Quartz, outrunHere is the modified Gram Schmidt method + test cases and it could be used for a more generic solution. It is about 5 lines of code. So it is a good test case.
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Polter
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December 2nd, 2011, 5:41 pm

QuoteOriginally posted by: CuchulainnHad a look. The functionality is similar to the list I drew up. Was kind of expecting a bigger lib on the lines of NAG or IMSL. Just a remark.Oh, I must have misunderstood -- I was under impression you were interested in prioritization. Sure, if would like to contribute "a bigger lib on the lines of NAG or IMSL" and are fine with it being a priority in entirety, I think that's a great idea, no need to limit yourself! :-)
 
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Cuchulainn
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December 3rd, 2011, 7:51 am

QuoteOriginally posted by: PolterQuoteOriginally posted by: CuchulainnHad a look. The functionality is similar to the list I drew up. Was kind of expecting a bigger lib on the lines of NAG or IMSL. Just a remark.Oh, I must have misunderstood -- I was under impression you were interested in prioritization. Sure, if would like to contribute "a bigger lib on the lines of NAG or IMSL" and are fine with it being a priority in entirety, I think that's a great idea, no need to limit yourself! :-)I think the functionality in Eigen satisfies most of the needs quants need? It is similar to what QL has as well. As a rough estimate, it would take about [100, 140] manhours to get the basic functionality operational, especially if we build on top of the extensive functionality in uBLAS.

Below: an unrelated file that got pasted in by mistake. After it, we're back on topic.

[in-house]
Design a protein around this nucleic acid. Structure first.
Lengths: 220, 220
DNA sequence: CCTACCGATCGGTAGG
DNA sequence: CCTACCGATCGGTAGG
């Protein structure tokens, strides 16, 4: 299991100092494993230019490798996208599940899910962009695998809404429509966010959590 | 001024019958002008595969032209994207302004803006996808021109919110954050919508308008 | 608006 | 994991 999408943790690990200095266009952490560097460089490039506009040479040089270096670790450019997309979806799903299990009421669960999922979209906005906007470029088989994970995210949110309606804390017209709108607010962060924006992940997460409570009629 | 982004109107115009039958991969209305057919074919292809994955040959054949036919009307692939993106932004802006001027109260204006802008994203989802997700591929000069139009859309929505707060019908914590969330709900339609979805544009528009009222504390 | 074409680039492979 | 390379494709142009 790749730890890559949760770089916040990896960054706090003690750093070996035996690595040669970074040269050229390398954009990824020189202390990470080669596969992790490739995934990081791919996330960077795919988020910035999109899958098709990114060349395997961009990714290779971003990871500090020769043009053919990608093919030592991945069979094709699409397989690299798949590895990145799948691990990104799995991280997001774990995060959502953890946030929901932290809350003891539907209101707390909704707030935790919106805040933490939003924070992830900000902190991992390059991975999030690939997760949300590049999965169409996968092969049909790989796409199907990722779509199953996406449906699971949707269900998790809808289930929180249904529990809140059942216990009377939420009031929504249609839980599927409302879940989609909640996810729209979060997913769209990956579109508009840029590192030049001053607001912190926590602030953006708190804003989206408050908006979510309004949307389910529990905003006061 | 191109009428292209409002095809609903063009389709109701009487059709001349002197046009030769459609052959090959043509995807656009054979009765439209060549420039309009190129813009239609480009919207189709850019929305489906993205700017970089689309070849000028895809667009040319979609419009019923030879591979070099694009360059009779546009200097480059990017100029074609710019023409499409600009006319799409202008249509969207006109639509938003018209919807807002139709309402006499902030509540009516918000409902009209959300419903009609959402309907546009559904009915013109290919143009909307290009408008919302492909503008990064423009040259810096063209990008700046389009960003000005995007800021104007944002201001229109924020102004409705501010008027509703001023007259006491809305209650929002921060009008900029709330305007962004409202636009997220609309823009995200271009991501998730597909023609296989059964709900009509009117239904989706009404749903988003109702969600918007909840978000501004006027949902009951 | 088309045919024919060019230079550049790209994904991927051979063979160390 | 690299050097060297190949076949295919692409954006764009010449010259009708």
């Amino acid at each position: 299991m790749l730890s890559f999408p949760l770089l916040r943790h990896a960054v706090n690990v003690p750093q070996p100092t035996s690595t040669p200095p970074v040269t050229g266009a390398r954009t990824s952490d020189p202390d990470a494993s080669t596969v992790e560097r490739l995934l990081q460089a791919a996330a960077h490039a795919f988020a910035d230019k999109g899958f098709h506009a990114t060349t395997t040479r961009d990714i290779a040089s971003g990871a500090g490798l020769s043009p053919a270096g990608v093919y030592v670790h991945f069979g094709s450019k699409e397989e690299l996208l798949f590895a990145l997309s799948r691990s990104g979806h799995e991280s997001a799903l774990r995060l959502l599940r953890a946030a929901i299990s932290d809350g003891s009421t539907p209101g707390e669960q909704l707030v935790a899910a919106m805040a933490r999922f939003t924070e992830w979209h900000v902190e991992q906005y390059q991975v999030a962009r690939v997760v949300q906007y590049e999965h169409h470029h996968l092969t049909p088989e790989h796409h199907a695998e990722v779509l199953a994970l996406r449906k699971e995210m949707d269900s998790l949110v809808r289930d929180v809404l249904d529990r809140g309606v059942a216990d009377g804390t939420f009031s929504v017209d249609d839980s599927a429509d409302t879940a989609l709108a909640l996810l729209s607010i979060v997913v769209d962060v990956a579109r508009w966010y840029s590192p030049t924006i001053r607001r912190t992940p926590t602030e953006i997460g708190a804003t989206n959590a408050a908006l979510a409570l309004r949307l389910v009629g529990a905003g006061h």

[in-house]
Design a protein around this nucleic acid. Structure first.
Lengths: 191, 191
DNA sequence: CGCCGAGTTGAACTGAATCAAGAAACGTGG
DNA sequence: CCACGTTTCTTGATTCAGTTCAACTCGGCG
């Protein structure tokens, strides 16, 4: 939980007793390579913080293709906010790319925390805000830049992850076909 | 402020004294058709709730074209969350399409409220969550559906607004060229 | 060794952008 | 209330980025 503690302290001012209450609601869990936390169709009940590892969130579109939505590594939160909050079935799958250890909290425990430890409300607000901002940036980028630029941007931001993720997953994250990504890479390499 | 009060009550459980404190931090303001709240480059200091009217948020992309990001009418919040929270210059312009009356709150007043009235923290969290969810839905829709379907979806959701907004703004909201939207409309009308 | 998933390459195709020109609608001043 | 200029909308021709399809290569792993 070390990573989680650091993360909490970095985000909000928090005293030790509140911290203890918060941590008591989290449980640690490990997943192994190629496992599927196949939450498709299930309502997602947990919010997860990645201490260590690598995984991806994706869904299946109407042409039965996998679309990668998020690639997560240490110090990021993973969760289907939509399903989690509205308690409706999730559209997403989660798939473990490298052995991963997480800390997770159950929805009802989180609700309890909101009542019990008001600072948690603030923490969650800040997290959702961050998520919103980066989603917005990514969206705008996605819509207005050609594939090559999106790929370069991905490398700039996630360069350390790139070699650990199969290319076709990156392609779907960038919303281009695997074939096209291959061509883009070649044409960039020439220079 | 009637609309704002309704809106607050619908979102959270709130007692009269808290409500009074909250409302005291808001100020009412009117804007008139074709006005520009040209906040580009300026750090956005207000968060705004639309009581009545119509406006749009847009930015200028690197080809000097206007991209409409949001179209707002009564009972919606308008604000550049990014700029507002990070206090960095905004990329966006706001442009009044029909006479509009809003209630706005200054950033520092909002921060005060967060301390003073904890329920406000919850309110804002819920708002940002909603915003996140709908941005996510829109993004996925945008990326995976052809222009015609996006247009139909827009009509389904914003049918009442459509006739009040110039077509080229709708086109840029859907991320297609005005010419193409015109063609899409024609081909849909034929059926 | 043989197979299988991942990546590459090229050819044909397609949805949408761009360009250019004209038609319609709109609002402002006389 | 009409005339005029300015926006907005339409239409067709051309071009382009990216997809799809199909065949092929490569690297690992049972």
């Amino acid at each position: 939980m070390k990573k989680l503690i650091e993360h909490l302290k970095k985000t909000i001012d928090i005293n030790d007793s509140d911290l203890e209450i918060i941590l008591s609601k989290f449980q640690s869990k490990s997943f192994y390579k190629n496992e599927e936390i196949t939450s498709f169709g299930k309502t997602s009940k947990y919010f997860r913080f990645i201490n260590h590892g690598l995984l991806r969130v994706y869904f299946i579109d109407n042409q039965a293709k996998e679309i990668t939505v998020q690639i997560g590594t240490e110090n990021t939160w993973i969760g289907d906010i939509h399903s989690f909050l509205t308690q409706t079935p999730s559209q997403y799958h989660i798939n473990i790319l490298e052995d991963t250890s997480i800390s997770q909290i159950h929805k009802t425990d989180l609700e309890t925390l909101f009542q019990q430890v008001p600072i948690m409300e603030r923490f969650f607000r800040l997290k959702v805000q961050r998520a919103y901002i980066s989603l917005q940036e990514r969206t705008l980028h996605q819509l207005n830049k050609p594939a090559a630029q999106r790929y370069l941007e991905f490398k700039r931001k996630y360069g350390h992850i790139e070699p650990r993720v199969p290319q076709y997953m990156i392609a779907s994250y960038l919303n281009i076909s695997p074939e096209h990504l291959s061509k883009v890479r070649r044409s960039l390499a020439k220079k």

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December 11th, 2011, 4:03 pm

What about some standard C++ for Numerical Quadrature?what about this idea?
 
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Cuchulainn
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December 13th, 2011, 5:18 am

QuoteOriginally posted by: outrunQuoteOriginally posted by: outrunShall we do that?..maybe we need to change culture a bit!We'll probably move it in the sandbox on the first day we actually run into the need of Quadrature, so I'm parking this discussion (for myself) until it becomes urgent and actual requirement.I had a look at Boost Quad a few years ago and it looked comprehensive (it is based on QUADPACK?). It would be nice to use just like the other libraries.
 
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December 18th, 2011, 2:40 pm

QuoteOriginally posted by: outrunQuoteOriginally posted by: outrunShall we do that?..maybe we need to change culture a bit!We'll probably move it in the sandbox on the first day we actually run into the need of Quadrature, so I'm parking this discussion (for myself) until it becomes urgent and actual requirement.It would be nice to kick the tyres. It is just a simple zip file?
 
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Cuchulainn
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October 11th, 2012, 2:33 pm

Here is a popular version of nonunform mesher that is used for Heston etc.Please feel free to improve and feedback.Choose various values of alpha. Could we use this with ADE?
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FinancialAlex
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October 14th, 2012, 4:23 pm

That Mesher is a very good choice, but it clusters the grid only around a single point. Its extension to clustering around multiple points requires numerically solving ODEs (for single point case we can solve analytically that ODE).